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Above: Crowned with a 10-meter antenna, the Spektr-R radio telescope undergoes final tests. Credit: NPO Lavochkin.


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Origin of the project

Designed to listen for sources of radio waves in the Universe, Spektr-R (a.k.a. Radioastron) became the first Russian astrophysics spacecraft to go into orbit in the 21st century. It promised to pioneer a whole new generation of space observatories and to jump-start space-based astronomy in the nation. Roots of the Spektr program go all the way back to the beginning of the 1980s.


Building the spacecraft

In 2002, the Russian Academy of Sciences gave Spektr-R the highest priority among the nation's astrophysics missions. Its launch was then timed for 2004-2006, or no later than 2007, to beat similar US and Japanese missions, which were anticipated in 2008. As of 2004, the launch of Spektr-R was expected in 2006 and by 2005, the mission slipped to 2007. Symptomatic of technical and organizational problems of the Russian space industry, the Spektr-R project could not reach the launch pad until 2011.


The mission scenario

The primary goal of the Spektr-R mission was to study structure and dynamics of radio sources inside and outside of our Milky Way galaxy. This research was expected to help in the understanding of fundamental problems of astrophysics and cosmology, including the structure of galaxies, star formations, black holes, dark matter and interstellar space. By placing a radio telescope into space it would be possible in conjunction with ground-based antennas to form a gigantic virtual telescope. It was expected that ground telescopes in Australia, Chile, China, Europe, India, Japan, Korea, Mexico, Russia, South Africa, Ukraine and USA would join the Spektr-R in observations.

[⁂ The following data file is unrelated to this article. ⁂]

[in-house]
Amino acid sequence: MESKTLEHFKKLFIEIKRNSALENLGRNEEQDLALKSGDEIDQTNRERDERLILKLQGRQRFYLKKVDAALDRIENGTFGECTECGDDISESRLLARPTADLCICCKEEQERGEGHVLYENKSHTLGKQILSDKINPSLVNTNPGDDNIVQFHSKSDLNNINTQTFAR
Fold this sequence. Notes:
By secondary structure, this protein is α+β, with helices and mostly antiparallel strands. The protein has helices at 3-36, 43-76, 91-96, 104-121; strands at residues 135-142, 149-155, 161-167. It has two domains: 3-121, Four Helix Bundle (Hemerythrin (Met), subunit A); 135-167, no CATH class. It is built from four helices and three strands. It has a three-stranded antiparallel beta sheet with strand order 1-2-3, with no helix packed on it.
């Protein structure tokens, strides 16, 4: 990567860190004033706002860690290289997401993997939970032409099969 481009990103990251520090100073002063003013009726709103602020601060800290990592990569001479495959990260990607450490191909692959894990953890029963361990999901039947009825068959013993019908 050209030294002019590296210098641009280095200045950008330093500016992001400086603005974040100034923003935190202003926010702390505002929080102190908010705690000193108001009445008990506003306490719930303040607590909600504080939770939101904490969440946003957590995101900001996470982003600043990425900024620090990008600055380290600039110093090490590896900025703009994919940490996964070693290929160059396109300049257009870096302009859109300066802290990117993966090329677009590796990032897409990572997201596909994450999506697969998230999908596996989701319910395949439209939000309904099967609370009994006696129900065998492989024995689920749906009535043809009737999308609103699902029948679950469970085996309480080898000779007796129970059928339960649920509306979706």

Spektr-R enters orbit

Triumphing over three decades of historic cataclysms, economic problems and social cynicism, Russian astrophysical science re-invaded the outer space with its first 21st-century orbital observatory. The historic importance of the Spektr-R mission, which successfully reached orbit Monday morning, is difficult to overestimate.



Spacecraft design

The heart of the telescope would be a 10-meter antenna, sporting 27 carbon fiber petals. Petals surrounded a solid focal dish with a diameter of three meters. When open, the mirror of the telescope would have to retain its position within just two millimeters of the pre-determined curve. The spacecraft was designed to be launched by the Zenit rocket with the Fregat upper stage.


Navigator service module

Like all other space observatories in the Spektr series, the Spektr-R mission was built around the standard Navigator platform, which served as a service module for the spacecraft. It provided navigation, power-supply and flight control functions for the Spektr-R mission.


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